The Classic Investing Rule That Most Investors Should Ignore

The Classic Investing Rule That Most Investors Should Ignore explained by professional Forex trading experts the “ForexSQ” FX trading team. 

The Classic Investing Rule That Most Investors Should Ignore

Long-time investment experts live by many investing rules of thumb, but sometimes those old rules go by the wayside. One such rule of thumb tells investors that their investments should include a percentage of bonds corresponding to their age. For example, if you are 25 years old, 25 percent of your portfolio should be made up of bonds. Does this rule make sense today? Probably not. Let’s take a look at why this investing rule of thumb has gone out of style.

Breaking Down the Bond Percentage Rule of Thumb

Before we start bashing an old investment adage, let’s take a look at what the rule means and why it made sense in the past. As we briefly mentioned above, this rule of thumb states that your percentage of bonds should match your age.

The idea behind this theory is sound. Bonds are considered more stable and less risky than stocks, and the rule suggests that your portfolio should become more and more heavy with bonds as you age and get closer to retirement. This is absolutely true. In most cases, you are best off adding more bonds to your portfolio as you near retirement. If you invest in a target date mutual fund, your investment is managed with this in mind, and your investment in the fund slowly shifts from stocks to bonds over time.

With this in mind, what is wrong with the rule? The timing no longer makes sense. We are living longer than ever, and moving into lower yield investments at a young age makes less and less sense.

Someone in their mid 20s should have some bonds in their portfolio, but that percentage should be far less than a quarter of their assets. The same is true in your 30s, 40s, and 50s.

Even at 50 years old, most people plan to work at least 15-20 more years before calling it quits. The current average retirement age in the US is 63 years old, but that can vary based on location and financial need.

With over a decade before you need to start cashing in those investments for retirement, should they be at least 50 percent in bonds? Again, probably not.

You Should Own Fewer Bonds and More Stocks Until You Near Retirement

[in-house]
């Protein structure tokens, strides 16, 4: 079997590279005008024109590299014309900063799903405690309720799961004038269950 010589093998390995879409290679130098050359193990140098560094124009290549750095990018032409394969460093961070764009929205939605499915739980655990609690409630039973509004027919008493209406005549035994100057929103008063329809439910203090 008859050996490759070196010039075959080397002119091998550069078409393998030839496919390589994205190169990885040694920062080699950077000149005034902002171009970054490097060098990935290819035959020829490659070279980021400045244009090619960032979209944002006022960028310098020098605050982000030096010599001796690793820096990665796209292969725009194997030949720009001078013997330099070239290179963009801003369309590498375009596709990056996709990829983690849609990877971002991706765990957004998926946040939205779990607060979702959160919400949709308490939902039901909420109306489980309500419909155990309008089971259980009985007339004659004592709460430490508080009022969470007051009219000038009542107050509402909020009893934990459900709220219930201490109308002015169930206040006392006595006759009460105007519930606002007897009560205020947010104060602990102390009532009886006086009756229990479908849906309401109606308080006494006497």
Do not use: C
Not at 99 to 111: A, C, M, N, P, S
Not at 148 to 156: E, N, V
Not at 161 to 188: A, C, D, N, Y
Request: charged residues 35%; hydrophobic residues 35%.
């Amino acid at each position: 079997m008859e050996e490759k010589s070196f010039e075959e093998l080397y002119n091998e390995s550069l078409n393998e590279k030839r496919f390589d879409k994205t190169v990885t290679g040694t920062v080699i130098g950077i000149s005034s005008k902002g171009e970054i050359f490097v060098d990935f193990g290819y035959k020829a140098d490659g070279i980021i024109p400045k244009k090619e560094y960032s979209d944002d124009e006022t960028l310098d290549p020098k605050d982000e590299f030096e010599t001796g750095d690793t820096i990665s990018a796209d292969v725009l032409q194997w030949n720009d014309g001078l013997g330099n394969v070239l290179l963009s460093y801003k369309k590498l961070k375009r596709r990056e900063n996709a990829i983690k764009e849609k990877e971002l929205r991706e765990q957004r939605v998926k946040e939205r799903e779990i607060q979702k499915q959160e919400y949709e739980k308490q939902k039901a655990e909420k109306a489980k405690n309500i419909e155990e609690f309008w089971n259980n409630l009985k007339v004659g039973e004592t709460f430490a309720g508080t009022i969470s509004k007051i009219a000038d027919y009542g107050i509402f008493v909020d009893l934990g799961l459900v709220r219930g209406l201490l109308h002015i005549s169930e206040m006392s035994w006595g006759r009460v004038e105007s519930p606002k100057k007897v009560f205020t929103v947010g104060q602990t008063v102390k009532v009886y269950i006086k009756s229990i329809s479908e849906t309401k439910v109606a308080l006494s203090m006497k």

Because we are living longer, you should avoid owning too many bonds while you are still young and working. When you have less than a decade left before retirement, that is the time to get more aggressive about putting bonds in your portfolio. Before that, you may be costing yourself big on investment returns.

One of the most popular bond funds is the Vanguard Total Bond Market Index Fund (VBMFX). Average annual performance in this fund overs around 2 percent to 4 percent over the last ten years. The stock focused Vanguard 500 Index Fund (VFINX), on the other hand, returned around 9 percent to 14 percent over the same period. A bond heavy investor would have lost out big over the same time horizon. While stocks are riskier, they tend to perform better over a long-time horizon than bonds.

Create Your Own Bond-Stock Mix to Match Your Goals

As you reach your sixties and beyond, you have a much shorter timeline before you will need to tap your investments. By the time you near your golden years, you don’t necessarily have a decade or so to recover from a market downturn.

This is the timeframe when you should invest heavily in bonds.

But as a young investor with ten years or more before you plan to retire, there is no reason to put too much into bonds. Particularly for younger investors in their 20s, 30s, and 40s, this rule of thumb should go down in the history books, not your current investment playbook.

Everyone’s investment goals are different, and everyone has a different level of risk tolerance. Finding the sweet spot where your risk tolerance and goals meet will help you decide what percent of your portfolio belongs in the bond market. For most investors still working a full-time job, that number will be far lower than your age.

The Classic Investing Rule That Most Investors Should Ignore Conclusion

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